This simple experience was profound to me. What impressed me most was how my nurse took as much time as she needed to ensure that the patient’s family was coping well and that the patient was emotionally stable before she even began the physical care. Her focus was on quality and not quantity.
Too often in the United States I see nurses going through the motions, checking off their to-do lists in a hurry. They do not always take the time to get to know patients and their families. Caring for the individual and family as a whole—emotionally, spiritually, and physically—is going to serve and heal them better. At times it will simply not be possible to spend as much time as I would like with my patients; however, I can strive to provide more quality care.
—Sarah J. Roberts (’11)
Have a Good Life
Teaching the only veteran-focused nursing course in the country, nursing faculty Kent D. Blad (MS ’99) and Ron S. Ulberg (BS ’76), both veterans themselves, wanted their students to develop an understanding of the health-care challenges veterans face. The class traveled to Washington, D.C., where they met and worked with patients at Walter Reed Army Medical Center and visited war museums and memorials. Back in Utah, students made rounds at a veteran hospital and met with a panel of nurses at Hill Air Force Base.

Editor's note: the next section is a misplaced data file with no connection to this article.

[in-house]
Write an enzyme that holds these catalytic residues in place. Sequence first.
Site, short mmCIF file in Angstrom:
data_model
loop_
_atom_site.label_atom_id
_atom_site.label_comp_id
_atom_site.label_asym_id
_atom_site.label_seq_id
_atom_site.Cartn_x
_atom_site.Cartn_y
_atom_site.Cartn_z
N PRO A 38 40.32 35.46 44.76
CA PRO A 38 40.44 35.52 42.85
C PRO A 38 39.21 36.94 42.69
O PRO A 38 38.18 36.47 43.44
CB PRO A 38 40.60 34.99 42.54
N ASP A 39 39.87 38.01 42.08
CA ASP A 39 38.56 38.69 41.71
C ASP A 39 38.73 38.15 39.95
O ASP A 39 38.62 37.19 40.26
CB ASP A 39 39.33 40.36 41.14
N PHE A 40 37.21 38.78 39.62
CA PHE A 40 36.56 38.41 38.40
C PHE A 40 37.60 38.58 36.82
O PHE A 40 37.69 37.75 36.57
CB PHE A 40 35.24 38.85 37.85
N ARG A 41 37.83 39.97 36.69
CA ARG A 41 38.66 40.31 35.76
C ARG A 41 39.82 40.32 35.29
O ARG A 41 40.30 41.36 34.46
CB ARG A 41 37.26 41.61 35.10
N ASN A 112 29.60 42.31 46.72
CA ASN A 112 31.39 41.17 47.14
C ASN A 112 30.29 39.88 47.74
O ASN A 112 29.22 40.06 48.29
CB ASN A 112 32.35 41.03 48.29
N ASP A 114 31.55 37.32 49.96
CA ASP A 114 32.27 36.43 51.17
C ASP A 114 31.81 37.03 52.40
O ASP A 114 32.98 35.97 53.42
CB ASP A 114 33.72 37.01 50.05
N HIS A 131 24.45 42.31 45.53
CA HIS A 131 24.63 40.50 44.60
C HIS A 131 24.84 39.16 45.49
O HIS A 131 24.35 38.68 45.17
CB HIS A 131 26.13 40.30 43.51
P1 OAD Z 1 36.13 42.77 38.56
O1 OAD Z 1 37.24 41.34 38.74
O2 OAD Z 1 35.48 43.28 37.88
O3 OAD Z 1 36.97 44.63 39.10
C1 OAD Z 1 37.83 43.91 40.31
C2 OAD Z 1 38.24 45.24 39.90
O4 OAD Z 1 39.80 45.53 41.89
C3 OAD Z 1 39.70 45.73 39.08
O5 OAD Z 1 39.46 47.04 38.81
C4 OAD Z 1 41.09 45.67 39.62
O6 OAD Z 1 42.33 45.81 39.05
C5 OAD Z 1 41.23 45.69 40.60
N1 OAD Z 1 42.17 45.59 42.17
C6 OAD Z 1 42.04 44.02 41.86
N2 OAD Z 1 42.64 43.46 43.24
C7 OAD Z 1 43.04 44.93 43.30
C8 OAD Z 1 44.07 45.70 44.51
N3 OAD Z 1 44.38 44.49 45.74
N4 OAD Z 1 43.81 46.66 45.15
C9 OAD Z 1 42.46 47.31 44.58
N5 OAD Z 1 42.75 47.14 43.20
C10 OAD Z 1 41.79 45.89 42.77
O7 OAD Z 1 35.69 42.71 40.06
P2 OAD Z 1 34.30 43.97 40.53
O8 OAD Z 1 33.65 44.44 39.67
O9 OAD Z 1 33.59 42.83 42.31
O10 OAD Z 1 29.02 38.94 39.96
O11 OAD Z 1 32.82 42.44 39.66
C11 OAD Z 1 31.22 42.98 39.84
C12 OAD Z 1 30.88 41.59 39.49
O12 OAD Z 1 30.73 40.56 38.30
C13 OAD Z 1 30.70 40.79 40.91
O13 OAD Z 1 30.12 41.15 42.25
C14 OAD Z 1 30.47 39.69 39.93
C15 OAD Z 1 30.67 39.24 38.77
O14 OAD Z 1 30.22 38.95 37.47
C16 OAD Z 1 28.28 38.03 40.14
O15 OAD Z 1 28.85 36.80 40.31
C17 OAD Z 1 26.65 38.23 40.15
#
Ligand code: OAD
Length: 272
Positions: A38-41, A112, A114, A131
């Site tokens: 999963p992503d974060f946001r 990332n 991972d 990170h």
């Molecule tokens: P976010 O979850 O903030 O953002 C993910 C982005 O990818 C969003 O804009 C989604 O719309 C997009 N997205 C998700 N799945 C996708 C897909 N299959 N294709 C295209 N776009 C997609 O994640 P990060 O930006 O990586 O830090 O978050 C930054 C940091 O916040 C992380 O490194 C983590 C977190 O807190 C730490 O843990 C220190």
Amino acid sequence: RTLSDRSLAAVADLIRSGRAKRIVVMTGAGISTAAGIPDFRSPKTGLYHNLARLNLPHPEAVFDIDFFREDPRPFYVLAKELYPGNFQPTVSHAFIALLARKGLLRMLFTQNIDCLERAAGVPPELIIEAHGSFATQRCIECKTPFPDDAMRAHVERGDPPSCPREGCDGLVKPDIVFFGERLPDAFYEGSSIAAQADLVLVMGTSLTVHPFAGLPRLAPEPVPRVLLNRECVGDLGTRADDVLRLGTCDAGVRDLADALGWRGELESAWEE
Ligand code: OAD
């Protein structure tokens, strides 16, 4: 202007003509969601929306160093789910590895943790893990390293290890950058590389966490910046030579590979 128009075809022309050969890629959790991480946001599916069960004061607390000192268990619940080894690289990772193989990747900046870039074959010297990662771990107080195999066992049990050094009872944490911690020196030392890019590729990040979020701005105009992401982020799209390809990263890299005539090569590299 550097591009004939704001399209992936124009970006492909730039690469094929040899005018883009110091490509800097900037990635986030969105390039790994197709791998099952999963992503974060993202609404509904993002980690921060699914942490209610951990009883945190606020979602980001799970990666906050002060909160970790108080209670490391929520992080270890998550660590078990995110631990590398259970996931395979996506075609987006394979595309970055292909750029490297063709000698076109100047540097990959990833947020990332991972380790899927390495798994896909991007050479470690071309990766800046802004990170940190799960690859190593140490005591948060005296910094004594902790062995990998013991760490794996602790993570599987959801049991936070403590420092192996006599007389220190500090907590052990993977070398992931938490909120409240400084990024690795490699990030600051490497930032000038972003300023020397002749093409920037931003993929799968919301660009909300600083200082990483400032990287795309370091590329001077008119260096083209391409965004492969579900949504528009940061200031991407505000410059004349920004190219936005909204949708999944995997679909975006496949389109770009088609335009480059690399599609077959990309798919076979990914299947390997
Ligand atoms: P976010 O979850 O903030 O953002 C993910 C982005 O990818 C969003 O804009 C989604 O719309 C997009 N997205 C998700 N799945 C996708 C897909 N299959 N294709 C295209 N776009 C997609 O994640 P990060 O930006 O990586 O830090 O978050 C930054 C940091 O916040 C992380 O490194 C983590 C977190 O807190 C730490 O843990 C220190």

Before this course, the only veteran I had really talked to was my grandpa, who is a wonderful man. But for the most part, I categorized veterans as harsh, intimidating people with whom I could not relate. During my first shift at the Garfield County Memorial Hospital, however, I realized how my perceptions had changed.